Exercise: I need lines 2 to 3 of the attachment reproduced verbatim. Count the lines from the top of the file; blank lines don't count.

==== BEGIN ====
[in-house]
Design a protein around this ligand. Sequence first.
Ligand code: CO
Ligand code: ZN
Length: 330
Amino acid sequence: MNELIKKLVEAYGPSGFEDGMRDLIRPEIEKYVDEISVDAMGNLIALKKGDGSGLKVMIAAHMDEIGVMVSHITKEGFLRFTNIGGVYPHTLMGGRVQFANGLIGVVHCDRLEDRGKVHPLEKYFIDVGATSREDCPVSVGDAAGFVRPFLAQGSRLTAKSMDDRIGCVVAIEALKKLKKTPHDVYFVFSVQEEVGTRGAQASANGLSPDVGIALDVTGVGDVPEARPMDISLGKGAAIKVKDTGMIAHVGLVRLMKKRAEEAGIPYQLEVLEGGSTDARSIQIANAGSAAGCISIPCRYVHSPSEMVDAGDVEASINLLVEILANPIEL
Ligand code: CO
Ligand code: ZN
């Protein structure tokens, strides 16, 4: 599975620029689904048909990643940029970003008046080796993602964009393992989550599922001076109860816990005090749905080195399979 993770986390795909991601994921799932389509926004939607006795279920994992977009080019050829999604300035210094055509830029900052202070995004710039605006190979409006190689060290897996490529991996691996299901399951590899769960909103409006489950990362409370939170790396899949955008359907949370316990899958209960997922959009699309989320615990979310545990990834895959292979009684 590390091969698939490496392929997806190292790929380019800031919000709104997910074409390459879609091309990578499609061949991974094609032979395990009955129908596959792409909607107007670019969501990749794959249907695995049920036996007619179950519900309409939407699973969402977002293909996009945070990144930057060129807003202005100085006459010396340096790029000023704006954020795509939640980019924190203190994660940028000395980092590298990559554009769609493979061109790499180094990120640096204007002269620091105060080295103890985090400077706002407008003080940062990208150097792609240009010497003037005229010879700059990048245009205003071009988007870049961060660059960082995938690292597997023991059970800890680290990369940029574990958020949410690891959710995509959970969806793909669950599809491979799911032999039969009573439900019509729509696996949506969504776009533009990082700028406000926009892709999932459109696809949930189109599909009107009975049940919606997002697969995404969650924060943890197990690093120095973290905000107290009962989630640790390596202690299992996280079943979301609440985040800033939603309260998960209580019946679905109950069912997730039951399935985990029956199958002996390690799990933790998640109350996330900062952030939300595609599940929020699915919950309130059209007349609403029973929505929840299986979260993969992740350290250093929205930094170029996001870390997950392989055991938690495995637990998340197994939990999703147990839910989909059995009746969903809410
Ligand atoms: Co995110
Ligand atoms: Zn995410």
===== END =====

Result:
Design a protein around this ligand. Sequence first.
Ligand code: CO